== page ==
Go to ...

SCMB on Google+RSS Feed

Breast Cancer Prevention


By Marcey Klein BS, CNC

Breast Cancer is a multifaceted disease with many areas to look at in preventative care. One negative facet we are seeing more of now is toxicity in the environment and in our bodies. Pesticides, which are sprayed on our conventional foods, in our yards, and which leach into our water, can get stored in our bodies and cause hormone, cell, and gut disruption. Phthalates from conventional beauty supplies like nail polish, perfumes, and those found in plastics to make them more pliable can cause hormone disruption and toxicity as well. All of these can exert an estrogenic effect in the body and can cause endocrine disruption because these hormones are stronger than our own estrogen, latching on to receptor sites meant for our own hormones. Breast cancer risk is increased with a higher level of estrogen, especially with these more aggressive synthetic versions.

We can try to limit them from getting into our bodies in the first place by avoiding foods with pesticides sprayed on them and by eating organic. Some foods absorb pesticides more than others or have multiple pesticides sprayed on them. Foods that you should try to only buy organic: Peaches, apples, strawberries, grapes, cherries, nectarines, pears, raspberries, bell peppers, celery, spinach and lettuces, potatoes, tomatoes, and garlic. You also want to have organic milk, meat, and butter and fats, because the pesticides will be concentrated in them along with any antibiotics and hormones that were given to the animal.

We need proper gut health, meaning beneficial bacteria and prebiotics (aka, soluble fiber). Having a healthy gut will help eliminate harmful estrogens. Refined sugars, grains, alcohol, and processed foods damage our good bacteria and raise our insulin levels and our cancer risk. Ground flax seeds, which are the richest source of plant lignans and are loaded with soluble fiber and antioxidants, help move out estrogens. Studies have shown that flax seed consumption correlates with reduced cancer risk. I put a tablespoon of ground flax in my morning smoothie, but if one has hormonal issues or has high cancer risk, then two tablespoons would be the therapeutic dose.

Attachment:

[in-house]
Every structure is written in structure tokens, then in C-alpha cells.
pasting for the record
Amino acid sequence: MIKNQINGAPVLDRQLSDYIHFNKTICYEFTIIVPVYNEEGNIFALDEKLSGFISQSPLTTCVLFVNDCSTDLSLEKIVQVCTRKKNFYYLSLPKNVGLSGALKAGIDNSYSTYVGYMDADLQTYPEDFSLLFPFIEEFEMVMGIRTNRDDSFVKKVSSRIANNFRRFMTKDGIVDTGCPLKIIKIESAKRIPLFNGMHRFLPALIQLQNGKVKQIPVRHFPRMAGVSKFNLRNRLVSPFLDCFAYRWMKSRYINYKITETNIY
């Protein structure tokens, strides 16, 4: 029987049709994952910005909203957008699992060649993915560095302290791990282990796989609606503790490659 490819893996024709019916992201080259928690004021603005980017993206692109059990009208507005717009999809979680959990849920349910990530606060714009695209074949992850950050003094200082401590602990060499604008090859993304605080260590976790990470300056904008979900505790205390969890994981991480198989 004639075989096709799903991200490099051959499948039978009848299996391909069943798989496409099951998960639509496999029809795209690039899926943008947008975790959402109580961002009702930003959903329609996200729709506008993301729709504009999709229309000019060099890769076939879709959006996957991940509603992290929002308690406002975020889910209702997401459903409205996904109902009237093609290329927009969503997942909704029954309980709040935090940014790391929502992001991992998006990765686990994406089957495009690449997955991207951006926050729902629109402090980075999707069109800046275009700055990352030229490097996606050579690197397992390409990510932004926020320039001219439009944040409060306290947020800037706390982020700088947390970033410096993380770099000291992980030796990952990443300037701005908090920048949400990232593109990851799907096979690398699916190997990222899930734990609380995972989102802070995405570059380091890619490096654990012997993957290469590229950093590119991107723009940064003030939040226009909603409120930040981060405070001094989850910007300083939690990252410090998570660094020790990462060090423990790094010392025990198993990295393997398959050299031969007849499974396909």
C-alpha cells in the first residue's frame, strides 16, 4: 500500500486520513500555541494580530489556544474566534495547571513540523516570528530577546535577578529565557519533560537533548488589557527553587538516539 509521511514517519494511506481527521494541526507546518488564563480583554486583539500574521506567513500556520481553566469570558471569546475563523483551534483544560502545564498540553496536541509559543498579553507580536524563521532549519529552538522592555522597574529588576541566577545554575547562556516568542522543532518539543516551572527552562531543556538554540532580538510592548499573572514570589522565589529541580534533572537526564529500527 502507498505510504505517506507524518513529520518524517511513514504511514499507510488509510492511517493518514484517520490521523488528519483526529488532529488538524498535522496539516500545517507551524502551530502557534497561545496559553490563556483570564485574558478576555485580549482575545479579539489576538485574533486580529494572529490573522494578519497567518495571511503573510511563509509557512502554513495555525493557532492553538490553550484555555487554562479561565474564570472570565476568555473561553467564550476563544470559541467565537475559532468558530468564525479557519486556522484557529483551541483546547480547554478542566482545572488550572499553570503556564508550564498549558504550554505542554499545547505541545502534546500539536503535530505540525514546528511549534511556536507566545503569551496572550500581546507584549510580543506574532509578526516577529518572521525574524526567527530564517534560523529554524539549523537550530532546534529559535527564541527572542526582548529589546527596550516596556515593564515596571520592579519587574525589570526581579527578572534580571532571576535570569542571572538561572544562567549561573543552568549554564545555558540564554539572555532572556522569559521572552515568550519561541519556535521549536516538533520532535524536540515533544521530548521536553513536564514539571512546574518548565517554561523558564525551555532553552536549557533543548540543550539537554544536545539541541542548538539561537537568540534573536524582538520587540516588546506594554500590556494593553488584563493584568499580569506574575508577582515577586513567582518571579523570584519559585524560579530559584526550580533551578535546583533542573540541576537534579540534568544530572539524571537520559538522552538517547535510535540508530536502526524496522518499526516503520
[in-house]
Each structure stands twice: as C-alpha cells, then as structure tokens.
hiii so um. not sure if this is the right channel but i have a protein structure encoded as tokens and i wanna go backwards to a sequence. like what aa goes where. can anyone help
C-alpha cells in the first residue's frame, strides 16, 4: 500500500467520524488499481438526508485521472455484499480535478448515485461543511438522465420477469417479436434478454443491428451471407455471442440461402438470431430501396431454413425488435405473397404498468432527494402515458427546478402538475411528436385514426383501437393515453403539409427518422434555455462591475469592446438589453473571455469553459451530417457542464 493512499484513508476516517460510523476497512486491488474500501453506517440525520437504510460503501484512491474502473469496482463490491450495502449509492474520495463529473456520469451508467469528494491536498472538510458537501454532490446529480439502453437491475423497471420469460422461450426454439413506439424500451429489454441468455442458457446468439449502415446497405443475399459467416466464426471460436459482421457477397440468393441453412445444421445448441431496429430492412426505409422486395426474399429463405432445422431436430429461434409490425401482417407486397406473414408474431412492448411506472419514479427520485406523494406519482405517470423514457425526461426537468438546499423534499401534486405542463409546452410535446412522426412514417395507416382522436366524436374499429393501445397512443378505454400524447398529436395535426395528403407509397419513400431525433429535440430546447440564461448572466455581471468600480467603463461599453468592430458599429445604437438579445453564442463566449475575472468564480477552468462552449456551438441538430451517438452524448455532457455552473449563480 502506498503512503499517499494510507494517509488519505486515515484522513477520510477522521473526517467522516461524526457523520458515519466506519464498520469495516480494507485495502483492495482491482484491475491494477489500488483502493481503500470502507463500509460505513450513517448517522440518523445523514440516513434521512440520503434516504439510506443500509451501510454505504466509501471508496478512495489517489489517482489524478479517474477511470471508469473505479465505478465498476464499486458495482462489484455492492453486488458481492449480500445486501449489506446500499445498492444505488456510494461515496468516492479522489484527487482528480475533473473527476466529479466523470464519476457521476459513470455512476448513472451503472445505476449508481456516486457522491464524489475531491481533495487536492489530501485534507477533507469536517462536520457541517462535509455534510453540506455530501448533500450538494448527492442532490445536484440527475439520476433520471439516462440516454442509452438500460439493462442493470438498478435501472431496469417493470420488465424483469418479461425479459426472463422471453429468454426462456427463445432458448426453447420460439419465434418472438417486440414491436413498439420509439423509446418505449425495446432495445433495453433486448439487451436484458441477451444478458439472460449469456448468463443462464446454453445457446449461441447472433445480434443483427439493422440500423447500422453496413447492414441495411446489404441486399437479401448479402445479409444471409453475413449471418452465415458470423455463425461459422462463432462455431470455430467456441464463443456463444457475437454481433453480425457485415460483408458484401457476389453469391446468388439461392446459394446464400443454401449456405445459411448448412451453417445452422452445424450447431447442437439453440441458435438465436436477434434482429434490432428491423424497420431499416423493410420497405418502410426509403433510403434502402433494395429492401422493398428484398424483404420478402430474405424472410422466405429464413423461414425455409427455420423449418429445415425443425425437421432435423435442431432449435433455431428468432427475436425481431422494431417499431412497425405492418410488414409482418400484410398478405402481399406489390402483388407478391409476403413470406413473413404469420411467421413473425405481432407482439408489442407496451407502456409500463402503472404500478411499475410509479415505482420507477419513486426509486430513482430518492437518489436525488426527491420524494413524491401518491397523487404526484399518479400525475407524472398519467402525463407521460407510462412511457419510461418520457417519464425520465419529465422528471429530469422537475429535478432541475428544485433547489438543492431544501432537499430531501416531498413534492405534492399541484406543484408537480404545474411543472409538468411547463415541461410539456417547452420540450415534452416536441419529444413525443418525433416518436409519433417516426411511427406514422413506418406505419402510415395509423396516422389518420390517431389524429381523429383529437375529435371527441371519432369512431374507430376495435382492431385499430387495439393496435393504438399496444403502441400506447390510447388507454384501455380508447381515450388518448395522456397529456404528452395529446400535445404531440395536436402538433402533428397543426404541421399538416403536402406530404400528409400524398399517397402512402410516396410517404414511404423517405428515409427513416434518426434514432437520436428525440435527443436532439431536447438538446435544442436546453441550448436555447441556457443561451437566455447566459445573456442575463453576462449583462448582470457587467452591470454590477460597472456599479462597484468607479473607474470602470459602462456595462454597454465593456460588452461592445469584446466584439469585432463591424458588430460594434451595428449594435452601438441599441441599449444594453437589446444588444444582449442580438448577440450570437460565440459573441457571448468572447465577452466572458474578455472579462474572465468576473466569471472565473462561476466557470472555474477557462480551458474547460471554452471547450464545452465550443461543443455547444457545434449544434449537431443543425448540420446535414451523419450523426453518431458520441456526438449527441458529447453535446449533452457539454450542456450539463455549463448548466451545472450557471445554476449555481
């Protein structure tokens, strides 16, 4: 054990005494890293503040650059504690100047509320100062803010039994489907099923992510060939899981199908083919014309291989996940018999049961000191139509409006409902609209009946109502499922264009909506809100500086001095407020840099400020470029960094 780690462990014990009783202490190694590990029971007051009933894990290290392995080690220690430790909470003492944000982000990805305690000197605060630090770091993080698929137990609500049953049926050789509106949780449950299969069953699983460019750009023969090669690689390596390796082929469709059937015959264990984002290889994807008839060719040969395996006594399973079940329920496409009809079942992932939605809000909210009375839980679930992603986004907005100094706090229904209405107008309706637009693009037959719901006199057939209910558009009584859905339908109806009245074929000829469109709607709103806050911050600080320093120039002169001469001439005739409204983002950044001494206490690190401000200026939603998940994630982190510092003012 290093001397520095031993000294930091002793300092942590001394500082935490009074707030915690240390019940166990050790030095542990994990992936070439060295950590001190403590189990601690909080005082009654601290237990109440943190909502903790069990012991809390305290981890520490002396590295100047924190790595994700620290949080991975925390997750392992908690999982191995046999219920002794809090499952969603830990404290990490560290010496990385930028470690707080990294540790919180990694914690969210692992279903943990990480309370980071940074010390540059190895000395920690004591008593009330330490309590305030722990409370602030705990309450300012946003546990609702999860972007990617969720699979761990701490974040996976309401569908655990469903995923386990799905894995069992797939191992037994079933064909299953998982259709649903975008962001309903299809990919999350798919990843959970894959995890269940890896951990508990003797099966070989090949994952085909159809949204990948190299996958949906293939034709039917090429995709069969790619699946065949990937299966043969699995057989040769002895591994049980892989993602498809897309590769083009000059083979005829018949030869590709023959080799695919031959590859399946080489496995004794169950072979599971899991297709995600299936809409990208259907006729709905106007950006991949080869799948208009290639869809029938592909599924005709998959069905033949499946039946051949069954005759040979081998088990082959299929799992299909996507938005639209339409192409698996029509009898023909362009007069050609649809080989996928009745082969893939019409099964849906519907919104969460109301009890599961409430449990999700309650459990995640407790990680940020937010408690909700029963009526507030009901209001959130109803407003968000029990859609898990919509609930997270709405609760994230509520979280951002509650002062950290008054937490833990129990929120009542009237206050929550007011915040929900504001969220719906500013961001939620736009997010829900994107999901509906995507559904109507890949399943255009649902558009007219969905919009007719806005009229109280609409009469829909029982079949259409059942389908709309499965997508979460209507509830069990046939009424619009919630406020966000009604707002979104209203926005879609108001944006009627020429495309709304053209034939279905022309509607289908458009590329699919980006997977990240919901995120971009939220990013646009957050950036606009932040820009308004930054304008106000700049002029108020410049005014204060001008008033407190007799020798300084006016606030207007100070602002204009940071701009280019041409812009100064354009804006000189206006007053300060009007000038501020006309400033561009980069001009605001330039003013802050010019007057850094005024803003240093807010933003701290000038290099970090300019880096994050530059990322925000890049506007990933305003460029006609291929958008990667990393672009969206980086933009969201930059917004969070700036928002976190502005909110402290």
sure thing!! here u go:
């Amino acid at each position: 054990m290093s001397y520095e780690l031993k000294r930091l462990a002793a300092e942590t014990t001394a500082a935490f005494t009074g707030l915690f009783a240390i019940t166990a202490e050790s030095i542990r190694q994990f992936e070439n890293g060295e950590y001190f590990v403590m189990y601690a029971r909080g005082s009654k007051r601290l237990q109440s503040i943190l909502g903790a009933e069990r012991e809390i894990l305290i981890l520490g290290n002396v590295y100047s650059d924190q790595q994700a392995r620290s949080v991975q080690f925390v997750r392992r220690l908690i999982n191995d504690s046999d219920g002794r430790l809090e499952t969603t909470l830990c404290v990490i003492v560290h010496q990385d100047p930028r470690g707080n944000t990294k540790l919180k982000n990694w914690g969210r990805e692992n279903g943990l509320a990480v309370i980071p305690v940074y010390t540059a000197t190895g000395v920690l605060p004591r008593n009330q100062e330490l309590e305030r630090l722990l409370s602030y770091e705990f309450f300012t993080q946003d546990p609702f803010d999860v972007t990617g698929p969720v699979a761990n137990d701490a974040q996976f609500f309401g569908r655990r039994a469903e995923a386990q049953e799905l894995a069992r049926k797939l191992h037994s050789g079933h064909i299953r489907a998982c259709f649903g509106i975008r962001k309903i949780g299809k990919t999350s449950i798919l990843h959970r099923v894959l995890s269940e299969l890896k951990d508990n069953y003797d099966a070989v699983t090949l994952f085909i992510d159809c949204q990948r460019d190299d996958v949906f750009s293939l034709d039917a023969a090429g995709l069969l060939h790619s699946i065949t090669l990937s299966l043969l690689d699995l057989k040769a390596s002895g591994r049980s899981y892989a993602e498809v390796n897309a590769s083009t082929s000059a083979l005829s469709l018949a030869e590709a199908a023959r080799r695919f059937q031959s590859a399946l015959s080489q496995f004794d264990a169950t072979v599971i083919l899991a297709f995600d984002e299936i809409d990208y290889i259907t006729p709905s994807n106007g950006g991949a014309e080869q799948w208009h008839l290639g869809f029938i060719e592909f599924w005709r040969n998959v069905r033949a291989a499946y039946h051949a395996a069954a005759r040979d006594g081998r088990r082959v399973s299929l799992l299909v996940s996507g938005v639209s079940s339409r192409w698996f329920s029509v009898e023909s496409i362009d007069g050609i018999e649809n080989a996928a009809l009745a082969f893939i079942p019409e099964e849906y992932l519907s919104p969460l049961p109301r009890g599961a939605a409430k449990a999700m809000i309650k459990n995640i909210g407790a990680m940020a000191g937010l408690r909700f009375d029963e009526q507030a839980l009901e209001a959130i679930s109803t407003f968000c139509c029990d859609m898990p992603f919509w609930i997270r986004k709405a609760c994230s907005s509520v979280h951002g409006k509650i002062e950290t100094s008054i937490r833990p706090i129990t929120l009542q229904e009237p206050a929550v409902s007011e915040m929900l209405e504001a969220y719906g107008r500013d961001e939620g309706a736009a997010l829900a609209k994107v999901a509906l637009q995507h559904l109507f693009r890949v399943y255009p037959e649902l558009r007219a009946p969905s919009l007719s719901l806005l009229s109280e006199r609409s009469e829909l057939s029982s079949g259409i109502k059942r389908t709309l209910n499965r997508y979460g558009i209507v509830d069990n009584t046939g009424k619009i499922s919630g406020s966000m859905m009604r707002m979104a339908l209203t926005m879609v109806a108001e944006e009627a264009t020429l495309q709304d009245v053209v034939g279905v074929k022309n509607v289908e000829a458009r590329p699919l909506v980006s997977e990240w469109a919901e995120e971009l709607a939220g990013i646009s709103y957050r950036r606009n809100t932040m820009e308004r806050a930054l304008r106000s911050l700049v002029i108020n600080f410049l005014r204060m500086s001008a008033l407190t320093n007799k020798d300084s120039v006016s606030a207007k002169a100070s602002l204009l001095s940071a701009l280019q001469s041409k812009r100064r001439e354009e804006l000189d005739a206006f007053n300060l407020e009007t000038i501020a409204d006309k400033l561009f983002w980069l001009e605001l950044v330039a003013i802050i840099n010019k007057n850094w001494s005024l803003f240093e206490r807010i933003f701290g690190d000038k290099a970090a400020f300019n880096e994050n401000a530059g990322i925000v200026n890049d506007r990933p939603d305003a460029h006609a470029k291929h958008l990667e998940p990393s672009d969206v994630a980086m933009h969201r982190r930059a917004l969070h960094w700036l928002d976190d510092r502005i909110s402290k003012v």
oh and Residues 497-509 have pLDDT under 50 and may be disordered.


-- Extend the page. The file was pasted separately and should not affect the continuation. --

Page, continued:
Another factor that contributes to breast cancer is cellular damage due to heavy metals, oxidative damage, and lack of cofactors and nutrients to repair this damage. I’m big on antioxidants, good nutrition, hydration, and detoxification. Getting phytonutrients from “eating the rainbow” is important, and taking a good multivitamin to fill in the gaps is essential. Vitamin D plays an important role in cancer prevention, as does vitamin C with bioflavonoids. Include folate, which is essential in healthy cell replication, vitamin A to regulate cell death, all the minerals (as they help with so many enzyme activities), and omega 3 oils for cell membrane repair.

Cruciferous vegetables are at the top of my list for optimizing the fight against breast and other cancers – especially in the sprouted form, they can be 100 times more potent than their counterparts. Sprouted broccoli is a great example. Some other cruciferous vegetables include cauliflower, Brussels sprouts, kale, cabbage, and bok choy. These vegetables contain sulfur, a very important nutrient needed for detoxification of estrogen, and helping to slow the development and spread of cancerous cells while stimulating the release of enzymes that help fight against cancer. We want to include colorful foods like carrots, squash, yams, and mangos to give us a dose of antioxidant rich beta carotene. Legumes, organic soy, and beans help to lower levels of circulating estrogens and block cancer enzymes. Citrus fruits and bioflavonoids help increase anti-tumor enzymes and increase our level of vitamin C to protect and repair our cells. Garlic, eggs, and onions are high in detoxifying sulfurs. Shitake, maitake, and reishi mushrooms help to stimulate T cell growth; green tea helps with cancer cell death; sea vegetables contain iodine, a nutrient concentrated in the breast and thyroid tissue important for regulating cellular health and replication. Berries provide us with important antioxidants for cellular repair; pineapple and papaya are high in important enzymes. Turmeric is a must to fight cancer and tumors and it is also good for the liver.

Eating a whole food, nutrient dense, mostly organic plant-based diet will aid detoxification and support cellular systems in the body. Include variety in your diet, and lower your intake of sugar, dairy (unless raw), alcohol (since this has an estrogenic effect on your body and interferes with liver detoxification), conventional meats and dairy (because of the added hormones), diet sodas (the sweetener aspartame has been shown to increase tumor growth), and refined and processed foods.

Take care, be well, and come into New Leaf Market for any further questions you might have.

Please Login to Comment.